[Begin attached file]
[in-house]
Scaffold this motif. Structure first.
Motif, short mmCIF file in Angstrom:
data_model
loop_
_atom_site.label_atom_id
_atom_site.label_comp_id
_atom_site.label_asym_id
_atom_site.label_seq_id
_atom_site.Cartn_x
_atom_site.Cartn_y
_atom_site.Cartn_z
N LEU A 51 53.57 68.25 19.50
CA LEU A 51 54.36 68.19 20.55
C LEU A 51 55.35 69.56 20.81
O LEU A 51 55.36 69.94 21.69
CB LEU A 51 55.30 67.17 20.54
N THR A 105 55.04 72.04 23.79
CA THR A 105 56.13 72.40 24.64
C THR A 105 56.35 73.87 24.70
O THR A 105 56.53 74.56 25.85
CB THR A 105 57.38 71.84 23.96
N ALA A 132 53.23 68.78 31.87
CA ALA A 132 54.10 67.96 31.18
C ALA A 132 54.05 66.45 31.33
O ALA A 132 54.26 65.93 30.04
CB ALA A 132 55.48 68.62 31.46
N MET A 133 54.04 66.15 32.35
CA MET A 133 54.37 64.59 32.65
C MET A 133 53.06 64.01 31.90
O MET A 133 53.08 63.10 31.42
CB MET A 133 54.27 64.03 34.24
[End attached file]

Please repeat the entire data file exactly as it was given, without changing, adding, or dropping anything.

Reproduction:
[in-house]
Scaffold this motif. Structure first.
Motif, short mmCIF file in Angstrom:
data_model
loop_
_atom_site.label_atom_id
_atom_site.label_comp_id
_atom_site.label_asym_id
_atom_site.label_seq_id
_atom_site.Cartn_x
_atom_site.Cartn_y
_atom_site.Cartn_z
N LEU A 51 53.57 68.25 19.50
CA LEU A 51 54.36 68.19 20.55
C LEU A 51 55.35 69.56 20.81
O LEU A 51 55.36 69.94 21.69
CB LEU A 51 55.30 67.17 20.54
N THR A 105 55.04 72.04 23.79
CA THR A 105 56.13 72.40 24.64
C THR A 105 56.35 73.87 24.70
O THR A 105 56.53 74.56 25.85
CB THR A 105 57.38 71.84 23.96
N ALA A 132 53.23 68.78 31.87
CA ALA A 132 54.10 67.96 31.18
C ALA A 132 54.05 66.45 31.33
O ALA A 132 54.26 65.93 30.04
CB ALA A 132 55.48 68.62 31.46
N MET A 133 54.04 66.15 32.35
CA MET A 133 54.37 64.59 32.65
C MET A 133 53.06 64.01 31.90
O MET A 133 53.08 63.10 31.42
CB MET A 133 54.27 64.03 34.24